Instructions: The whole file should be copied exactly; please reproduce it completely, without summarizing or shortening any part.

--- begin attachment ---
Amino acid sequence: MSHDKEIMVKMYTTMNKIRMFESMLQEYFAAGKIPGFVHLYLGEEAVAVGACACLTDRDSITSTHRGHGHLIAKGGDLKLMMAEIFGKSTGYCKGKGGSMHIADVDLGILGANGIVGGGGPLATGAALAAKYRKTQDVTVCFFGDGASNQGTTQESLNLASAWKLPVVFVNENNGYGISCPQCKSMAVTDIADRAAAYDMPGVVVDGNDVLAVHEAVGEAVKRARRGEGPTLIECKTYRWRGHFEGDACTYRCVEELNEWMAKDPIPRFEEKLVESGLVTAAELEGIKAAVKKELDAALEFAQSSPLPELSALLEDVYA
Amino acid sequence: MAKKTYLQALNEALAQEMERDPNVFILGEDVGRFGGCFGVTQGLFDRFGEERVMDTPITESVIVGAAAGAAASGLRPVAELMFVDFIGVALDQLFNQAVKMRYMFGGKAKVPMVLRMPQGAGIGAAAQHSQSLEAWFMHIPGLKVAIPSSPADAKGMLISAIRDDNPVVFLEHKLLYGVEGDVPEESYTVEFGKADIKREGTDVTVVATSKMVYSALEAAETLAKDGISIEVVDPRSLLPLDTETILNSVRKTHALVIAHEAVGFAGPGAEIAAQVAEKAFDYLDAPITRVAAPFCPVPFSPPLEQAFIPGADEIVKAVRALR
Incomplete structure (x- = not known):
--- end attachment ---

Amino acid sequence: MSHDKEIMVKMYTTMNKIRMFESMLQEYFAAGKIPGFVHLYLGEEAVAVGACACLTDRDSITSTHRGHGHLIAKGGDLKLMMAEIFGKSTGYCKGKGGSMHIADVDLGILGANGIVGGGGPLATGAALAAKYRKTQDVTVCFFGDGASNQGTTQESLNLASAWKLPVVFVNENNGYGISCPQCKSMAVTDIADRAAAYDMPGVVVDGNDVLAVHEAVGEAVKRARRGEGPTLIECKTYRWRGHFEGDACTYRCVEELNEWMAKDPIPRFEEKLVESGLVTAAELEGIKAAVKKELDAALEFAQSSPLPELSALLEDVYA
Amino acid sequence: MAKKTYLQALNEALAQEMERDPNVFILGEDVGRFGGCFGVTQGLFDRFGEERVMDTPITESVIVGAAAGAAASGLRPVAELMFVDFIGVALDQLFNQAVKMRYMFGGKAKVPMVLRMPQGAGIGAAAQHSQSLEAWFMHIPGLKVAIPSSPADAKGMLISAIRDDNPVVFLEHKLLYGVEGDVPEESYTVEFGKADIKREGTDVTVVATSKMVYSALEAAETLAKDGISIEVVDPRSLLPLDTETILNSVRKTHALVIAHEAVGFAGPGAEIAAQVAEKAFDYLDAPITRVAAPFCPVPFSPPLEQAFIPGADEIVKAVRALR
Incomplete structure (x- = not known):